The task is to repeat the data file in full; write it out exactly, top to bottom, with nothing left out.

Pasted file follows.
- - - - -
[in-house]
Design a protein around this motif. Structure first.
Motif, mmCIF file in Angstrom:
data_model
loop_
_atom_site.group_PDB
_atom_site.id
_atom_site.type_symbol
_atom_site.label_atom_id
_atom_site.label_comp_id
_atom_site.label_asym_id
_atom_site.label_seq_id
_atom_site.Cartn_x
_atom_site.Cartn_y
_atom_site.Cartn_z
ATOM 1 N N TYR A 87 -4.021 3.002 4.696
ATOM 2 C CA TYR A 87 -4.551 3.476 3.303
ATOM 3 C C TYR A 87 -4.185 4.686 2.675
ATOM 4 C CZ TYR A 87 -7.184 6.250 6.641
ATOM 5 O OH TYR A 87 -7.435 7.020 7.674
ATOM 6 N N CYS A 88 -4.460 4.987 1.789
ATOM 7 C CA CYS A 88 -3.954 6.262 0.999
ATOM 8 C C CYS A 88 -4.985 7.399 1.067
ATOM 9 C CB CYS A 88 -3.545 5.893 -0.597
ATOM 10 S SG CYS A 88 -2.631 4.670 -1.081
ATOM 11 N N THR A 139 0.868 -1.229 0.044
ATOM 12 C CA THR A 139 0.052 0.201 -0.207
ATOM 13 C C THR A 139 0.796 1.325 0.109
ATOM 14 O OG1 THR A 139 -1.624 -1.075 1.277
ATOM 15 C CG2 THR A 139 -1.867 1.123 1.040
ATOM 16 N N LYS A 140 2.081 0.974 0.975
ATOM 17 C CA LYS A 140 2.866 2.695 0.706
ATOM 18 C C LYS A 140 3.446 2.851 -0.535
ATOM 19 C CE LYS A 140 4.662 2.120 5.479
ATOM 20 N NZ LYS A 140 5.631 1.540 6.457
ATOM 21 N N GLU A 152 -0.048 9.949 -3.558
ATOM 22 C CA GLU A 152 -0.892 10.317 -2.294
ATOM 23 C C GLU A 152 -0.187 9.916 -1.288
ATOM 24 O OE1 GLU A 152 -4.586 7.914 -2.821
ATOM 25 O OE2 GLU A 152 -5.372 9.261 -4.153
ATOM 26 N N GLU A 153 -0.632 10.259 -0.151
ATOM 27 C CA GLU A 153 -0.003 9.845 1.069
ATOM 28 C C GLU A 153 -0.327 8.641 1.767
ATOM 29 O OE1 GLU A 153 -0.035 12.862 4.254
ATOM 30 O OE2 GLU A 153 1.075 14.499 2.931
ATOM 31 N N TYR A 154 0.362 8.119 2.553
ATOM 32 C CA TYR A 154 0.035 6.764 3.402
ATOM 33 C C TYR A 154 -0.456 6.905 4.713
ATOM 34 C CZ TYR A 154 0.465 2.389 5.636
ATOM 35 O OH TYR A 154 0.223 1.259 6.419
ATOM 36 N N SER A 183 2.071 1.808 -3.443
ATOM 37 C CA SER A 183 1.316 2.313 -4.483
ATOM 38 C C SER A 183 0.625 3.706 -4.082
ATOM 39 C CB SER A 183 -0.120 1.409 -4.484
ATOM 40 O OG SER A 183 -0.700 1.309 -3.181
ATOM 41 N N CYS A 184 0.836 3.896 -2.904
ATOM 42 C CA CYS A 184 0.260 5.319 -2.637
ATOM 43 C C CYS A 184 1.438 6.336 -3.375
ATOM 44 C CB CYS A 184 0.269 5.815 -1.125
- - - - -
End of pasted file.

[in-house]
Design a protein around this motif. Structure first.
Motif, mmCIF file in Angstrom:
data_model
loop_
_atom_site.group_PDB
_atom_site.id
_atom_site.type_symbol
_atom_site.label_atom_id
_atom_site.label_comp_id
_atom_site.label_asym_id
_atom_site.label_seq_id
_atom_site.Cartn_x
_atom_site.Cartn_y
_atom_site.Cartn_z
ATOM 1 N N TYR A 87 -4.021 3.002 4.696
ATOM 2 C CA TYR A 87 -4.551 3.476 3.303
ATOM 3 C C TYR A 87 -4.185 4.686 2.675
ATOM 4 C CZ TYR A 87 -7.184 6.250 6.641
ATOM 5 O OH TYR A 87 -7.435 7.020 7.674
ATOM 6 N N CYS A 88 -4.460 4.987 1.789
ATOM 7 C CA CYS A 88 -3.954 6.262 0.999
ATOM 8 C C CYS A 88 -4.985 7.399 1.067
ATOM 9 C CB CYS A 88 -3.545 5.893 -0.597
ATOM 10 S SG CYS A 88 -2.631 4.670 -1.081
ATOM 11 N N THR A 139 0.868 -1.229 0.044
ATOM 12 C CA THR A 139 0.052 0.201 -0.207
ATOM 13 C C THR A 139 0.796 1.325 0.109
ATOM 14 O OG1 THR A 139 -1.624 -1.075 1.277
ATOM 15 C CG2 THR A 139 -1.867 1.123 1.040
ATOM 16 N N LYS A 140 2.081 0.974 0.975
ATOM 17 C CA LYS A 140 2.866 2.695 0.706
ATOM 18 C C LYS A 140 3.446 2.851 -0.535
ATOM 19 C CE LYS A 140 4.662 2.120 5.479
ATOM 20 N NZ LYS A 140 5.631 1.540 6.457
ATOM 21 N N GLU A 152 -0.048 9.949 -3.558
ATOM 22 C CA GLU A 152 -0.892 10.317 -2.294
ATOM 23 C C GLU A 152 -0.187 9.916 -1.288
ATOM 24 O OE1 GLU A 152 -4.586 7.914 -2.821
ATOM 25 O OE2 GLU A 152 -5.372 9.261 -4.153
ATOM 26 N N GLU A 153 -0.632 10.259 -0.151
ATOM 27 C CA GLU A 153 -0.003 9.845 1.069
ATOM 28 C C GLU A 153 -0.327 8.641 1.767
ATOM 29 O OE1 GLU A 153 -0.035 12.862 4.254
ATOM 30 O OE2 GLU A 153 1.075 14.499 2.931
ATOM 31 N N TYR A 154 0.362 8.119 2.553
ATOM 32 C CA TYR A 154 0.035 6.764 3.402
ATOM 33 C C TYR A 154 -0.456 6.905 4.713
ATOM 34 C CZ TYR A 154 0.465 2.389 5.636
ATOM 35 O OH TYR A 154 0.223 1.259 6.419
ATOM 36 N N SER A 183 2.071 1.808 -3.443
ATOM 37 C CA SER A 183 1.316 2.313 -4.483
ATOM 38 C C SER A 183 0.625 3.706 -4.082
ATOM 39 C CB SER A 183 -0.120 1.409 -4.484
ATOM 40 O OG SER A 183 -0.700 1.309 -3.181
ATOM 41 N N CYS A 184 0.836 3.896 -2.904
ATOM 42 C CA CYS A 184 0.260 5.319 -2.637
ATOM 43 C C CYS A 184 1.438 6.336 -3.375
ATOM 44 C CB CYS A 184 0.269 5.815 -1.125